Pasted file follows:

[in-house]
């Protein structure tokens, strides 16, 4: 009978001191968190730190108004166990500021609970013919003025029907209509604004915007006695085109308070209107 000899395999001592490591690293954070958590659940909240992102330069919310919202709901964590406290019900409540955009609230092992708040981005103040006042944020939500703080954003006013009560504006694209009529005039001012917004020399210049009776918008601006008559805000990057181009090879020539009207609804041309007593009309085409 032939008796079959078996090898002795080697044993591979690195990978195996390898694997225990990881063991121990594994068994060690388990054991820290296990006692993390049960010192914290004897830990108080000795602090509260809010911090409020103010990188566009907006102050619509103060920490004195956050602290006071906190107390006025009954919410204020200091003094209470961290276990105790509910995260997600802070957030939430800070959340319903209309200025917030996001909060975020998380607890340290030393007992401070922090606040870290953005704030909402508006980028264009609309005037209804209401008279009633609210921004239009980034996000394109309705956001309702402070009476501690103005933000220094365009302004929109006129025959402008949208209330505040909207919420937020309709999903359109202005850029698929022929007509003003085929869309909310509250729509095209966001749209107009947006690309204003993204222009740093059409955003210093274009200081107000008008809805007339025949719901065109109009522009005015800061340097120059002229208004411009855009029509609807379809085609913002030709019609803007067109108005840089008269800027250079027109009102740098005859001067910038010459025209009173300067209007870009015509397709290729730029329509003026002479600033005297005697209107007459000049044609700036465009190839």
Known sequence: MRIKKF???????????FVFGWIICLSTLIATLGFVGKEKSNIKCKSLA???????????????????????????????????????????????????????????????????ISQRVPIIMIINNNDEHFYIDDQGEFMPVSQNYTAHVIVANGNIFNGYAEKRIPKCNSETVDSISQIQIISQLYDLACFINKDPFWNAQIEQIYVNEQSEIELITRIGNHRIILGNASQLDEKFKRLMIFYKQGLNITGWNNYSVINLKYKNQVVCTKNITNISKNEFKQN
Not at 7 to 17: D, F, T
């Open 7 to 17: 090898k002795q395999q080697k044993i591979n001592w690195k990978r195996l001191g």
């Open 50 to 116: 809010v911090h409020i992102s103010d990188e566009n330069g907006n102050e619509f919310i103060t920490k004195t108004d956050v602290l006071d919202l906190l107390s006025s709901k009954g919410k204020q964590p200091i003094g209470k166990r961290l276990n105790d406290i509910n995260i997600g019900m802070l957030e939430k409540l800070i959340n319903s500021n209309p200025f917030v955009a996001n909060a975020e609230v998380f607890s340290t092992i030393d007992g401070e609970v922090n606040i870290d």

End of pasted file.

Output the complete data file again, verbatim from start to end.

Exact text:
[in-house]
């Protein structure tokens, strides 16, 4: 009978001191968190730190108004166990500021609970013919003025029907209509604004915007006695085109308070209107 000899395999001592490591690293954070958590659940909240992102330069919310919202709901964590406290019900409540955009609230092992708040981005103040006042944020939500703080954003006013009560504006694209009529005039001012917004020399210049009776918008601006008559805000990057181009090879020539009207609804041309007593009309085409 032939008796079959078996090898002795080697044993591979690195990978195996390898694997225990990881063991121990594994068994060690388990054991820290296990006692993390049960010192914290004897830990108080000795602090509260809010911090409020103010990188566009907006102050619509103060920490004195956050602290006071906190107390006025009954919410204020200091003094209470961290276990105790509910995260997600802070957030939430800070959340319903209309200025917030996001909060975020998380607890340290030393007992401070922090606040870290953005704030909402508006980028264009609309005037209804209401008279009633609210921004239009980034996000394109309705956001309702402070009476501690103005933000220094365009302004929109006129025959402008949208209330505040909207919420937020309709999903359109202005850029698929022929007509003003085929869309909310509250729509095209966001749209107009947006690309204003993204222009740093059409955003210093274009200081107000008008809805007339025949719901065109109009522009005015800061340097120059002229208004411009855009029509609807379809085609913002030709019609803007067109108005840089008269800027250079027109009102740098005859001067910038010459025209009173300067209007870009015509397709290729730029329509003026002479600033005297005697209107007459000049044609700036465009190839």
Known sequence: MRIKKF???????????FVFGWIICLSTLIATLGFVGKEKSNIKCKSLA???????????????????????????????????????????????????????????????????ISQRVPIIMIINNNDEHFYIDDQGEFMPVSQNYTAHVIVANGNIFNGYAEKRIPKCNSETVDSISQIQIISQLYDLACFINKDPFWNAQIEQIYVNEQSEIELITRIGNHRIILGNASQLDEKFKRLMIFYKQGLNITGWNNYSVINLKYKNQVVCTKNITNISKNEFKQN
Not at 7 to 17: D, F, T
């Open 7 to 17: 090898k002795q395999q080697k044993i591979n001592w690195k990978r195996l001191g």
């Open 50 to 116: 809010v911090h409020i992102s103010d990188e566009n330069g907006n102050e619509f919310i103060t920490k004195t108004d956050v602290l006071d919202l906190l107390s006025s709901k009954g919410k204020q964590p200091i003094g209470k166990r961290l276990n105790d406290i509910n995260i997600g019900m802070l957030e939430k409540l800070i959340n319903s500021n209309p200025f917030v955009a996001n909060a975020e609230v998380f607890s340290t092992i030393d007992g401070e609970v922090n606040i870290d």